Efficacy of single versus four repeated doses of praziquantel against Schistosoma mansoni infection in school-aged children from Côte d'Ivoire based on Kato-Katz and POC-CCA: An open-label, randomised controlled trial (RePST)

PLoS Negl Trop Dis. 2020 Mar 20;14(3):e0008189. doi: 10.1371/journal.pntd.0008189. eCollection 2020 Mar.

Abstract

Background: Preventive chemotherapy with praziquantel (PZQ) is the cornerstone of schistosomiasis control. However, a single dose of PZQ (40 mg/kg) does not cure all infections. Repeated doses of PZQ at short intervals might increase efficacy in terms of cure rate (CR) and intensity reduction rate (IRR). Here, we determined the efficacy of a single versus four repeated treatments with PZQ on Schistosoma mansoni infection in school-aged children from Côte d'Ivoire, using two different diagnostic tests.

Methods: An open-label, randomized controlled trial was conducted from October 2018 to January 2019. School-aged children with a confirmed S. mansoni infection based on Kato-Katz (KK) and point-of-care circulating cathodic antigen (POC-CCA) urine cassette test were randomly assigned to receive either a single or four repeated doses of PZQ, administered at two-week intervals. The primary outcome was the difference in CR between the two treatment arms, measured by triplicate KK thick smears 10 weeks after the first treatment. Secondary outcomes included CR estimated by POC-CCA, IRR by KK and POC-CCA, and safety of repeated PZQ administration.

Principal findings: During baseline screening, 1,022 children were assessed for eligibility of whom 153 (15%) had a detectable S. mansoni infection, and hence, were randomized to the standard treatment group (N = 70) and the intense treatment group (N = 83). Based on KK, the CR was 42% (95% confidence interval (CI) 31-52%) in the standard treatment group and 86% (95% CI 75-92%) in the intense treatment group. Observed IRR was 72% (95% CI 55-83%) in the standard treatment group and 95% (95% CI 85-98%) in the intense treatment group. The CR estimated by POC-CCA was 18% (95% CI 11-27%) and 36% (95% CI 26-46%) in the standard and intense treatment group, respectively. Repeated PZQ treatment did not result in a higher number of adverse events.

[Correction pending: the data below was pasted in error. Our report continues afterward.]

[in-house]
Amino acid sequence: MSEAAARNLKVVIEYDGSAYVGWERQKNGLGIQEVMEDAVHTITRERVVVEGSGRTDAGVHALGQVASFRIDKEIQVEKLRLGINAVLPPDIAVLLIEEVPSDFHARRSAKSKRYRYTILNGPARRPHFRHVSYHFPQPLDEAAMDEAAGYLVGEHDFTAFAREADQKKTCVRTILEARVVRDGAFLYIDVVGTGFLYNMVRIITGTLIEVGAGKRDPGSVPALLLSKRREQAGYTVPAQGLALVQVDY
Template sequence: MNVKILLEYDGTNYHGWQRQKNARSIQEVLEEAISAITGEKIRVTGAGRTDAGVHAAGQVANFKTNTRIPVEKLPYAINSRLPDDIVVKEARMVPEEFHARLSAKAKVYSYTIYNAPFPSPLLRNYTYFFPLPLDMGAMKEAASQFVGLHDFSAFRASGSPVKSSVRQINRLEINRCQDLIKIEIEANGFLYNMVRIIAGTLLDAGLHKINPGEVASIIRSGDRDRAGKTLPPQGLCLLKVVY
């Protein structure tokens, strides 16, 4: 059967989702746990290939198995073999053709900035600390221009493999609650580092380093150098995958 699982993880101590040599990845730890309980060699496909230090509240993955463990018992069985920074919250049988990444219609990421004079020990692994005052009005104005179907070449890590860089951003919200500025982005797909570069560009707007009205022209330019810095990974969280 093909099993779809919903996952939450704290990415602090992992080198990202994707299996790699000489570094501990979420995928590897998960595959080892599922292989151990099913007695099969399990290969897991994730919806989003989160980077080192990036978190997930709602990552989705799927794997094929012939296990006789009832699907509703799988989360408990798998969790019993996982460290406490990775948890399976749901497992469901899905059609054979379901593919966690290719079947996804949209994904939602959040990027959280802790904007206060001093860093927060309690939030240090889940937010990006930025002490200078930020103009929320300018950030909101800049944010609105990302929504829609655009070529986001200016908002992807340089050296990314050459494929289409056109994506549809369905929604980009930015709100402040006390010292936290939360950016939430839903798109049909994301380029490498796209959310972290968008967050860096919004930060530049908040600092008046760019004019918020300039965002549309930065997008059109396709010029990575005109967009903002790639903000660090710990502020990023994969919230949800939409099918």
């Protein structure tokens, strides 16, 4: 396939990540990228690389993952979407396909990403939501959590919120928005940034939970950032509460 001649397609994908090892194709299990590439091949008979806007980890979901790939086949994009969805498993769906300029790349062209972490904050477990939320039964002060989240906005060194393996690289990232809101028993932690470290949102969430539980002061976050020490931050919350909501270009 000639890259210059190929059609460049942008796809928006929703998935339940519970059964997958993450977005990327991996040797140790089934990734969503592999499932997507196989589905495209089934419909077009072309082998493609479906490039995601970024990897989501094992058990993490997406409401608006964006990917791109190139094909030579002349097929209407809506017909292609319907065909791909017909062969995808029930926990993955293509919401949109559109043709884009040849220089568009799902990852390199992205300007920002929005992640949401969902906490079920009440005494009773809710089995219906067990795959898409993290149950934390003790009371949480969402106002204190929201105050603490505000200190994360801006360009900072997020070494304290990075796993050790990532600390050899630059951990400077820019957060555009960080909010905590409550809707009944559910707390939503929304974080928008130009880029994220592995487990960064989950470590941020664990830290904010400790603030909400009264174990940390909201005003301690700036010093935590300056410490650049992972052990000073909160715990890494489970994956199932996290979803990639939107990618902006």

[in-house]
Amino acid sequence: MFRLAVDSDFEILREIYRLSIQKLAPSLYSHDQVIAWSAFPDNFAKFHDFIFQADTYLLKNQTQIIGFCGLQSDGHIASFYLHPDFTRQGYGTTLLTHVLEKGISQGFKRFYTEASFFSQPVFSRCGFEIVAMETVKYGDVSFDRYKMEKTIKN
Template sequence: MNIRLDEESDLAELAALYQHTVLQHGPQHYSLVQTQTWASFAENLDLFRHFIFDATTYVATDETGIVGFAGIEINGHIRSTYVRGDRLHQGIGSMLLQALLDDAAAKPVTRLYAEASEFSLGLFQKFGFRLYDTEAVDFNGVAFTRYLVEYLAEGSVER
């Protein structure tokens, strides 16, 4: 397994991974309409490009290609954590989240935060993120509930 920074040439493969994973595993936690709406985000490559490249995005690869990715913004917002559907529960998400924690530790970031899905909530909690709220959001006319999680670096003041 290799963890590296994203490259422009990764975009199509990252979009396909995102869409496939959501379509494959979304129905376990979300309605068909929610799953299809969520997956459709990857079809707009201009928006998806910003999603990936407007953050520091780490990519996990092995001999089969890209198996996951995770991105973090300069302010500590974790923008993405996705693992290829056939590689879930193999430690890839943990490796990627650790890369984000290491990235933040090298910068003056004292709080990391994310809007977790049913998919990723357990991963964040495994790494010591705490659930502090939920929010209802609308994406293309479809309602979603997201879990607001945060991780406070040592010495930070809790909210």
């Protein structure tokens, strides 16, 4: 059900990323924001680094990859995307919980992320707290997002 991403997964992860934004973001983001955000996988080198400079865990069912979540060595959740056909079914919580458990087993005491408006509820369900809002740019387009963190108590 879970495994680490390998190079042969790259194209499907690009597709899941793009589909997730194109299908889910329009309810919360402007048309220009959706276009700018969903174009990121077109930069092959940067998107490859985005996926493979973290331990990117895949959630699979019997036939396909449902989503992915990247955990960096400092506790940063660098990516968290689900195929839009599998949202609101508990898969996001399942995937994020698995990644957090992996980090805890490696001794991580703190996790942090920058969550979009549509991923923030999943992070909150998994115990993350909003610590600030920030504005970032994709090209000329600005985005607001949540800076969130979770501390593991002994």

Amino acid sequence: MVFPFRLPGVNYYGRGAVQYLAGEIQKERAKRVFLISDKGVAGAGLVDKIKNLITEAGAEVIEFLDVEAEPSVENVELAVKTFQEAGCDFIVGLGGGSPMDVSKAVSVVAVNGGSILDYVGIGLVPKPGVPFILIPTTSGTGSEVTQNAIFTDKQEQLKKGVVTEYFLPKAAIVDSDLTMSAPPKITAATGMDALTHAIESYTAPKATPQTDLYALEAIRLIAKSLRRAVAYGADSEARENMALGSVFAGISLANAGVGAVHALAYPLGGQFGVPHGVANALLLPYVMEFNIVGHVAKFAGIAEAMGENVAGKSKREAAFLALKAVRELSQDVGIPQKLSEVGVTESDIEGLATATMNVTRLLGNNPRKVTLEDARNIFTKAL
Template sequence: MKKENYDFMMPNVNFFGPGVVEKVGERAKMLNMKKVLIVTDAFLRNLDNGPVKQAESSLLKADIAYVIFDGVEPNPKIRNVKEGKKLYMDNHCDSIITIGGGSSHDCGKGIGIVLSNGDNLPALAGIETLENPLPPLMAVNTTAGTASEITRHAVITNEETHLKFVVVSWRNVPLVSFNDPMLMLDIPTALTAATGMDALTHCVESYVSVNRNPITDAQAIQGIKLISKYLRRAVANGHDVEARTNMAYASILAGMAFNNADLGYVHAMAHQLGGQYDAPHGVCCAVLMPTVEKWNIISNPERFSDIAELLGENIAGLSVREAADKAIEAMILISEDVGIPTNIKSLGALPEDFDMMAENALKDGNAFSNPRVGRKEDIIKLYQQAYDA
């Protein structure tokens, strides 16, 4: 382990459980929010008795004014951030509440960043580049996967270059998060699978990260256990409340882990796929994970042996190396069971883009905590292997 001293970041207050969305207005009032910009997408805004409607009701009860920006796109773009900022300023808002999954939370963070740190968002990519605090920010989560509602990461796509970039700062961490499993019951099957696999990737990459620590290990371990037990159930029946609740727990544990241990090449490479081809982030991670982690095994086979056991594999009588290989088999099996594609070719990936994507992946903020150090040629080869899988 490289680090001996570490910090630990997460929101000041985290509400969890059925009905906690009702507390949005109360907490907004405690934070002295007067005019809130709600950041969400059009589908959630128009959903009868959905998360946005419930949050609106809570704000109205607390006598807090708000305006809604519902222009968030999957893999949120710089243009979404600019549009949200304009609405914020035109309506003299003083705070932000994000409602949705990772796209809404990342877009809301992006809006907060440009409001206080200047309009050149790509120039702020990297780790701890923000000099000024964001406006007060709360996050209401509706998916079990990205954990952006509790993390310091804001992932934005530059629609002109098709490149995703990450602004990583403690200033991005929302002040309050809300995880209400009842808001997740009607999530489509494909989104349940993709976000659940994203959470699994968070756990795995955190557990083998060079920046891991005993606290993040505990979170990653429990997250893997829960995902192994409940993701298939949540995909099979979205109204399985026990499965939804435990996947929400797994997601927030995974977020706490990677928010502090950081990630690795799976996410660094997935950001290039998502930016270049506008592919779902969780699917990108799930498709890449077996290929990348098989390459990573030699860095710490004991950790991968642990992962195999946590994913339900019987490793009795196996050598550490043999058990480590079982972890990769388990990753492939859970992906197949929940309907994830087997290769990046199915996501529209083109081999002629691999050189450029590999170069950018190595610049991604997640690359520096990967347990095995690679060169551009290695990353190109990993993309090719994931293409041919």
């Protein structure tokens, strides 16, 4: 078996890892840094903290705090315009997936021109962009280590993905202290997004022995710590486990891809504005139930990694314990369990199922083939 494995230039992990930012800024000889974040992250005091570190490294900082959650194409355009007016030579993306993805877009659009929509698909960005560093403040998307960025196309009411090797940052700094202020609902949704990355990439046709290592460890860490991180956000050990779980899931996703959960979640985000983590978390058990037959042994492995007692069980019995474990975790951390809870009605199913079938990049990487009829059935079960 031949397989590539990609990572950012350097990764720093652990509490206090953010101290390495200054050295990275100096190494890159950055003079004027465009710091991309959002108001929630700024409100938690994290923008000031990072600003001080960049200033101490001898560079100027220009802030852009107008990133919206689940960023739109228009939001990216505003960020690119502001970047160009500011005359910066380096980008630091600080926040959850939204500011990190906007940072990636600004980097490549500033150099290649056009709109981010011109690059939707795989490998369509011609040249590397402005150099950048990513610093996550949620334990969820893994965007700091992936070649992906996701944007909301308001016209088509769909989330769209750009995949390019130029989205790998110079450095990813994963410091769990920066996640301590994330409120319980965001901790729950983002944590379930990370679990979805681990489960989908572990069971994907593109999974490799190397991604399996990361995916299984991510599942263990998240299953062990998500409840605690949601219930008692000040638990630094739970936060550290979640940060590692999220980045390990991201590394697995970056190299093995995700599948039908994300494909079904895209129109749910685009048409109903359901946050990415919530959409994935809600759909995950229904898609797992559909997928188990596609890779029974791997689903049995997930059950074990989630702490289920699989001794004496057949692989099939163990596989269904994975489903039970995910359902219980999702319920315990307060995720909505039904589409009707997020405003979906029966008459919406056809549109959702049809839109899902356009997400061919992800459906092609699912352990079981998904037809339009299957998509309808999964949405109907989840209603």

Conclusion/significance: The observed CR using KK was significantly higher after four repeated treatments compared to a single treatment, without an increase in adverse events. Using POC-CCA, the observed CR was significantly lower than measured by KK, indicating that PZQ may be considerably less efficacious as concluded by KK. Our findings highlight the need for reliable and more accurate diagnostic tools, which are essential for monitoring treatment efficacy, identifying changes in transmission, and accurately quantifying the intensity of infection in distinct populations. In addition, the higher CR in the intense treatment group suggests that more focused and intense PZQ treatment can help to advance schistosomiasis control.

Trial registration: www.clinicaltrials.gov NCT02868385.

Publication types

  • Randomized Controlled Trial
  • Research Support, Non-U.S. Gov't
  • Research Support, U.S. Gov't, Non-P.H.S.

MeSH terms

  • Adolescent
  • Animals
  • Anthelmintics / administration & dosage*
  • Antigens, Helminth / urine*
  • Chemoprevention / methods
  • Child
  • Child, Preschool
  • Cote d'Ivoire
  • Drug Monitoring / methods*
  • Female
  • Glycoproteins / urine*
  • Helminth Proteins / urine*
  • Humans
  • Male
  • Parasitology / methods*
  • Praziquantel / administration & dosage*
  • Schistosoma mansoni / isolation & purification*
  • Schistosomiasis mansoni / drug therapy*
  • Schistosomiasis mansoni / prevention & control
  • Schools
  • Treatment Outcome
  • Urine / parasitology

Substances

  • Anthelmintics
  • Antigens, Helminth
  • CCA protein, Schistosoma mansoni
  • Glycoproteins
  • Helminth Proteins
  • Praziquantel

Associated data

  • ClinicalTrials.gov/NCT02868385

Grant support

This work received financial support from the Prof. Dr. Flu Foundation, based in the Netherlands and the Coalition for Operational Research on Neglected Tropical Diseases (COR-NTD), which is funded at The Task Force for Global Health, primarily by the Bill & Melinda Gates Foundation, by the United States Agency for International Development through its Neglected Tropical Disease Program, and with UK aid from the British people. The funders had no role in the design of the study, data collection, analysis and interpretation, or preparation of the manuscript.